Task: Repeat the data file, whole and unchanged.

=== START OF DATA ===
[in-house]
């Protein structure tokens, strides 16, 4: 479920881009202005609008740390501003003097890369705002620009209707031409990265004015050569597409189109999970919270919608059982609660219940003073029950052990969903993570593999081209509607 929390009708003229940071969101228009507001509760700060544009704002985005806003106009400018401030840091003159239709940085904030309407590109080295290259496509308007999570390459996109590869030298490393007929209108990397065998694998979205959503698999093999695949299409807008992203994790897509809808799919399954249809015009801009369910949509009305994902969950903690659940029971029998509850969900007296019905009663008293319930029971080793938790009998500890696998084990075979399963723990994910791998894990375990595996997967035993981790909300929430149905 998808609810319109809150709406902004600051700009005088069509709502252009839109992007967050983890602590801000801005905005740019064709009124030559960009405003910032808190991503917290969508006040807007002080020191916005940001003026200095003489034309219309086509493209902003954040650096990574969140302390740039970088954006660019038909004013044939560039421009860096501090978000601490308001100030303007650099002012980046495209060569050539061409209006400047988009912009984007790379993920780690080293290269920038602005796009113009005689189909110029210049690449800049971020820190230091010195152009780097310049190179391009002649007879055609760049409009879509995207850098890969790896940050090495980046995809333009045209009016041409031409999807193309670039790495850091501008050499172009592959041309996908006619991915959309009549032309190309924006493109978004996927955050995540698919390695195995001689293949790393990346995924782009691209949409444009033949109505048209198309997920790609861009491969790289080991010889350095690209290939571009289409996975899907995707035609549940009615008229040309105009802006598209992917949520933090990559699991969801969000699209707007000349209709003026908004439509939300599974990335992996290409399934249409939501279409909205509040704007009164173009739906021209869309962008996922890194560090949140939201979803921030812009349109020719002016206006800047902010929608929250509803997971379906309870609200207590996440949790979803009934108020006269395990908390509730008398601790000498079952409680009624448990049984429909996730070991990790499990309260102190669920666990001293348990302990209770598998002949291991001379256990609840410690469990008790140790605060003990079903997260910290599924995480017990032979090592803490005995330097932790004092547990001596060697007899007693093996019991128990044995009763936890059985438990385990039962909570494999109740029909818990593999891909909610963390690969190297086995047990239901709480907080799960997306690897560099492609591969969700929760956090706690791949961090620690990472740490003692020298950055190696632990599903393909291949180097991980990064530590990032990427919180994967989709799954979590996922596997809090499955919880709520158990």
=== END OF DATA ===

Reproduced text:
[in-house]
């Protein structure tokens, strides 16, 4: 479920881009202005609008740390501003003097890369705002620009209707031409990265004015050569597409189109999970919270919608059982609660219940003073029950052990969903993570593999081209509607 929390009708003229940071969101228009507001509760700060544009704002985005806003106009400018401030840091003159239709940085904030309407590109080295290259496509308007999570390459996109590869030298490393007929209108990397065998694998979205959503698999093999695949299409807008992203994790897509809808799919399954249809015009801009369910949509009305994902969950903690659940029971029998509850969900007296019905009663008293319930029971080793938790009998500890696998084990075979399963723990994910791998894990375990595996997967035993981790909300929430149905 998808609810319109809150709406902004600051700009005088069509709502252009839109992007967050983890602590801000801005905005740019064709009124030559960009405003910032808190991503917290969508006040807007002080020191916005940001003026200095003489034309219309086509493209902003954040650096990574969140302390740039970088954006660019038909004013044939560039421009860096501090978000601490308001100030303007650099002012980046495209060569050539061409209006400047988009912009984007790379993920780690080293290269920038602005796009113009005689189909110029210049690449800049971020820190230091010195152009780097310049190179391009002649007879055609760049409009879509995207850098890969790896940050090495980046995809333009045209009016041409031409999807193309670039790495850091501008050499172009592959041309996908006619991915959309009549032309190309924006493109978004996927955050995540698919390695195995001689293949790393990346995924782009691209949409444009033949109505048209198309997920790609861009491969790289080991010889350095690209290939571009289409996975899907995707035609549940009615008229040309105009802006598209992917949520933090990559699991969801969000699209707007000349209709003026908004439509939300599974990335992996290409399934249409939501279409909205509040704007009164173009739906021209869309962008996922890194560090949140939201979803921030812009349109020719002016206006800047902010929608929250509803997971379906309870609200207590996440949790979803009934108020006269395990908390509730008398601790000498079952409680009624448990049984429909996730070991990790499990309260102190669920666990001293348990302990209770598998002949291991001379256990609840410690469990008790140790605060003990079903997260910290599924995480017990032979090592803490005995330097932790004092547990001596060697007899007693093996019991128990044995009763936890059985438990385990039962909570494999109740029909818990593999891909909610963390690969190297086995047990239901709480907080799960997306690897560099492609591969969700929760956090706690791949961090620690990472740490003692020298950055190696632990599903393909291949180097991980990064530590990032990427919180994967989709799954979590996922596997809090499955919880709520158990």